Session 336: Dealing with the SLT

Thursday 12th January 2017

You can be lucky and work with an inspiring group of leaders who have a clear vision, strategy, and are supportive with your work and idea. Some School Leadership Teams (SLT) value, trust and support their staff whereas, sadly, there are those within the SLT who appear like they are like a fish out of water (idiom).

Following on from the #UKEdChat poll (see results by clicking here), the chat session this week explored experiences of dealing with the SLT, and the different characters that rule their positions.

Aimed at school leaders and teachers, the session asked:

  1. What do you consider are the main roles and duties for SLT staff?
  2. Have you ever been inspired by SLT members who truly knew the best vision for all in your school? Share.
  3. What negative examples of SLT behaviour have you witnessed in your career?
  4. What are the greatest challenges for staff who are (or want to become) part of the SLT?
  5. What do you think are the most onerous duties of being part of the SLT?
  6. Three words: What are they key qualities that members of the SLT should possess?
Were you unable to join the chat? Please scroll down to add your comments, that can be added and considered with the community during the chat.


Summary

The discussion began with participants talking about their idea of what main roles and duties were for SLT staff. There seemed to be a mismatch between what they should be and what the reality actually seems to be in many cases. Many people said that their SLT were superb, supportive and champion their efforts in the classroom and beyond. UKEdChatters also spoke about SLT who made life very difficult and had a negative effect on learning. This lead to a discussion about how much leader should ‘filter’ unpalatable things from classroom teachers with two schools of thought: Teachers should be protected from the worst of that which comes from upon high; teachers need to deal with unpalatable things so they are prepared if they decide to move into management. Naturally, the latter assumes that all teachers wish to gain the lofty highs of senior leaders.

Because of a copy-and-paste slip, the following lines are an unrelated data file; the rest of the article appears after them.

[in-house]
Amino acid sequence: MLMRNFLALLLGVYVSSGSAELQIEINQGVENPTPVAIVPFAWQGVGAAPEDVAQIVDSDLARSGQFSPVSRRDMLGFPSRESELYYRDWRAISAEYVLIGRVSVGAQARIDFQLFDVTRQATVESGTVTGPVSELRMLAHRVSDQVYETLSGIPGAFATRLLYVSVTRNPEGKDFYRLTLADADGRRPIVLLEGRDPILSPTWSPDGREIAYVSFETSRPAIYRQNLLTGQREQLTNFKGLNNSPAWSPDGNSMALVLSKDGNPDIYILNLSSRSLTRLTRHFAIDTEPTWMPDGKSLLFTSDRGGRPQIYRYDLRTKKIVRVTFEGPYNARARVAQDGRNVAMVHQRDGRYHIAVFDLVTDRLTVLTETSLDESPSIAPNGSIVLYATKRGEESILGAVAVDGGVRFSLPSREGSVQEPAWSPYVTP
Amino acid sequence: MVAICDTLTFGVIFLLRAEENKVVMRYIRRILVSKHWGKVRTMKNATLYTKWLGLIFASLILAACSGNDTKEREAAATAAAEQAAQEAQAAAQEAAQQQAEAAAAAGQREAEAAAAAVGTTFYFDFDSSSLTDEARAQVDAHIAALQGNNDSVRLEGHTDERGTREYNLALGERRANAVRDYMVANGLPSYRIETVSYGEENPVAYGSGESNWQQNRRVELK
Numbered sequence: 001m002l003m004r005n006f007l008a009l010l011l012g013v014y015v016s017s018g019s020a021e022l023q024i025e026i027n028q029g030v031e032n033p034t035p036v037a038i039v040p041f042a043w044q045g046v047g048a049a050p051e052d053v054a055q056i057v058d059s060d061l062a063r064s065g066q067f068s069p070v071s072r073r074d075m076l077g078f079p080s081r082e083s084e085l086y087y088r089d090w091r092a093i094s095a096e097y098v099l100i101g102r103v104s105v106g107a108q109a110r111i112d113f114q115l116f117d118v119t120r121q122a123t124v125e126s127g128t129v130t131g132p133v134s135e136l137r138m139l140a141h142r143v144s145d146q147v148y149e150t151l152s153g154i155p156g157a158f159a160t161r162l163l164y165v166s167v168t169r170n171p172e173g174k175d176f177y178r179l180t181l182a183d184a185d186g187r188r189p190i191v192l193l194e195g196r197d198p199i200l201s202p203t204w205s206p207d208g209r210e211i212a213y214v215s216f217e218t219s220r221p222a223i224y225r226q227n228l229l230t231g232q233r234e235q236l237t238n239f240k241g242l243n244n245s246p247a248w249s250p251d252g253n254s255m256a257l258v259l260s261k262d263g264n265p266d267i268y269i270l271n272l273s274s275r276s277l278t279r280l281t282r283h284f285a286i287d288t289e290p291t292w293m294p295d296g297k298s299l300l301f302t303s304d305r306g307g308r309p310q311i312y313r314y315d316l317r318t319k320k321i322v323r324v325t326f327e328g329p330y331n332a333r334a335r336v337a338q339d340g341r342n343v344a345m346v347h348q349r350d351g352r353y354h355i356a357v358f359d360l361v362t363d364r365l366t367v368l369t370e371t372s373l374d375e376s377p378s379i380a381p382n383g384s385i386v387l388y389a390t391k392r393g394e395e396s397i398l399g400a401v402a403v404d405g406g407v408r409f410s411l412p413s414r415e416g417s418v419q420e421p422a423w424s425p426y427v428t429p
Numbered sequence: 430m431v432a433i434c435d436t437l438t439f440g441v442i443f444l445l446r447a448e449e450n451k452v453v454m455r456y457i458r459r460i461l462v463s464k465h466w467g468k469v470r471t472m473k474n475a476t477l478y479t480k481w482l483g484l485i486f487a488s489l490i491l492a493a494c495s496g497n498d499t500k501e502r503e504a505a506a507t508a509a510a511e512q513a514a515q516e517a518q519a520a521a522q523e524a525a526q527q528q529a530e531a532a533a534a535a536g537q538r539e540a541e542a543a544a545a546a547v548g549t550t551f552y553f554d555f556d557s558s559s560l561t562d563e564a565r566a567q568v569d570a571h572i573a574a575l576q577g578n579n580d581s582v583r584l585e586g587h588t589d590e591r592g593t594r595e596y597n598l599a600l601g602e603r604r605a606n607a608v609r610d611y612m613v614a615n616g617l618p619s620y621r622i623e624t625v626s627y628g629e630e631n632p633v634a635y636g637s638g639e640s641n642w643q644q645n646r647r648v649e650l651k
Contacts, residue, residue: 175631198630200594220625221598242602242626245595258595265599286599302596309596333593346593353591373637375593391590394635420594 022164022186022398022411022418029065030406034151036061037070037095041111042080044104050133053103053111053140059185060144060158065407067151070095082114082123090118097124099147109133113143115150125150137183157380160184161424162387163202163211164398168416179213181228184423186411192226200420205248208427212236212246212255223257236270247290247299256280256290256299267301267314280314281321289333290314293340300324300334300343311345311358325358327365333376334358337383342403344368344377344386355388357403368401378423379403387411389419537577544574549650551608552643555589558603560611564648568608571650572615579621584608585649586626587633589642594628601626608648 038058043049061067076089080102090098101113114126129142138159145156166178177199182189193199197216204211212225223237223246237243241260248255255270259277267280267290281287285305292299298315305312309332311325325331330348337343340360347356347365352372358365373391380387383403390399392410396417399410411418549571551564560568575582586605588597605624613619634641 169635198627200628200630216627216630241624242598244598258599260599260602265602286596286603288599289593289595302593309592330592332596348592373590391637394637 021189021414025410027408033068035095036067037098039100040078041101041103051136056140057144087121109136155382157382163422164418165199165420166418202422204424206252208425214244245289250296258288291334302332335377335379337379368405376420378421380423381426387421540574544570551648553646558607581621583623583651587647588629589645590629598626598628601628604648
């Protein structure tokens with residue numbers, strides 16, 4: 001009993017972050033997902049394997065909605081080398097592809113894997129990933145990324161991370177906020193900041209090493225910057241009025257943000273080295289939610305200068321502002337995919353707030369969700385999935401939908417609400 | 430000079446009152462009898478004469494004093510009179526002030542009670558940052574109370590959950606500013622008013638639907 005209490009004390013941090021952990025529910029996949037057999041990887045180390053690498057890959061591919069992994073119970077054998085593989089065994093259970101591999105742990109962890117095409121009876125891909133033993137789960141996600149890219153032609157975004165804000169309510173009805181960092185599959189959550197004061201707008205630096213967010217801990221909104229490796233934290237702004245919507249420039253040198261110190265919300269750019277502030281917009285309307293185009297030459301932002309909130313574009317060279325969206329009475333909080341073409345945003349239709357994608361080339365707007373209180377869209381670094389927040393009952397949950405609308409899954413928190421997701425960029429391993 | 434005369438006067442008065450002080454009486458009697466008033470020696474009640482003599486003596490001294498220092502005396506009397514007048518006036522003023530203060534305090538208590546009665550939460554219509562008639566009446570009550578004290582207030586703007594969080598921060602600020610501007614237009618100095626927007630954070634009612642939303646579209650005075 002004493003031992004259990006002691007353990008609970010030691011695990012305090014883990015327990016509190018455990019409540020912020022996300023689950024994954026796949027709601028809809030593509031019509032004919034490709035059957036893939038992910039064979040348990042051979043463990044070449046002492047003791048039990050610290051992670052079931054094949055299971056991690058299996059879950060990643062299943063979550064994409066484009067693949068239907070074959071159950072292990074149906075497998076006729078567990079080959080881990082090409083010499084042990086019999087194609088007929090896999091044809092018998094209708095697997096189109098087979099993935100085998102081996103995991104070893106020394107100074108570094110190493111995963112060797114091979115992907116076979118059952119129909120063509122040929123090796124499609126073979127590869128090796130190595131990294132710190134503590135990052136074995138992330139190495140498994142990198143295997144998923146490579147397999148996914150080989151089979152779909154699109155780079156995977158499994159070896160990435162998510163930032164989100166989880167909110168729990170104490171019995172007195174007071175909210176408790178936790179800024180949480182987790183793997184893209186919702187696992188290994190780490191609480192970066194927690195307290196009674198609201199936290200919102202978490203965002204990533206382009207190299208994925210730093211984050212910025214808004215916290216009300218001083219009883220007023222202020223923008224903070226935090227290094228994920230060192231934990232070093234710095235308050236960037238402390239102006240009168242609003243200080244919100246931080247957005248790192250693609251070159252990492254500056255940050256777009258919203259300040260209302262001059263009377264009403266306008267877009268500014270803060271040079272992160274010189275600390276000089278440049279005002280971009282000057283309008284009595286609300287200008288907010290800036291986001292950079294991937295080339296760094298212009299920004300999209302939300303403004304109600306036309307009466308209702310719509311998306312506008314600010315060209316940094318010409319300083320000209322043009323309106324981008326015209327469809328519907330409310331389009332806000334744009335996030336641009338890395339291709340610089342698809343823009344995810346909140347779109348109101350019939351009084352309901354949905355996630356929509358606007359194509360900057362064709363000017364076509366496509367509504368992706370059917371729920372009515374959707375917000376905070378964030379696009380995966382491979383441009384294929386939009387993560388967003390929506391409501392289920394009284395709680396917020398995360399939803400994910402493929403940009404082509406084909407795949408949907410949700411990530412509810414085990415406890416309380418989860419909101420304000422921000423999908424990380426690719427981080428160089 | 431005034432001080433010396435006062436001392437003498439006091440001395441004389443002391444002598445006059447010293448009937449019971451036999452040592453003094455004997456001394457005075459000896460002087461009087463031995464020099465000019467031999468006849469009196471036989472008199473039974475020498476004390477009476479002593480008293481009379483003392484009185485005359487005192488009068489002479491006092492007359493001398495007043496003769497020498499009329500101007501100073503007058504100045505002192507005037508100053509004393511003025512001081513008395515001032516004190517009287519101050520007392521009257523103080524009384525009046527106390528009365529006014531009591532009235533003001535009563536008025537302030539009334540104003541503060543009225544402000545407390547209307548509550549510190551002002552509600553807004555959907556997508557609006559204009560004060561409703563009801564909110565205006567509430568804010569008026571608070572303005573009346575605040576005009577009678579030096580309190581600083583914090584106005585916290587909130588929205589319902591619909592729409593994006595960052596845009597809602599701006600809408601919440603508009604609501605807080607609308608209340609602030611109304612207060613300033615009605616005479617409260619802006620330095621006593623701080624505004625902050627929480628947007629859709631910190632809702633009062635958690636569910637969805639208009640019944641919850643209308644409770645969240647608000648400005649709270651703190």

The discussion turned to inspiration, whether school leaders inspire you, and even whether this is wanted? There were many views, but one could generalise by saying that there are many inspirational leaders out there, many of which are in UKEdChatters’ own schools, but few people can can inspiring all the time, especially when people are ‘firefighting’ and getting bogged down in the day to day problems of running a school. Doing this day after day sound inspirational to me!

Next participants discussed barriers to entering the SLT. Many people expressed that they may feel out of their depth and not wanting that level of responsibility. Others were worried about the relationship with their colleagues would change. Experienced SLT members offered reassurance on both of these accounts. But the biggest fear for those moving out of the classroom into non-teaching roles was that they would lose that special connection with the pupils.

The discussion turned to what onerous duties the SLT have to preform. The answers largely fell into two categories: overseeing behaviour of pupils and picking up the pieces when thing go wrong; Performance management of staff. It was interesting to note that a few UKEdChatters in SLT said that performance management was one of their favourite duties, but you need to make it non0-onerous and make it about helping staff to improve, not catching mistakes which was a common notion from others in the chat.

Lastly, we asked for three words to describe the key qualities that members of the SLT should possess. The suggestions were diverse, so our three words are ‘check the archive’, but ‘understanding’, ’empathy’ and ‘supportive’ were all mentioned by many. I think we had each of these in tonight’s UKEdChat.

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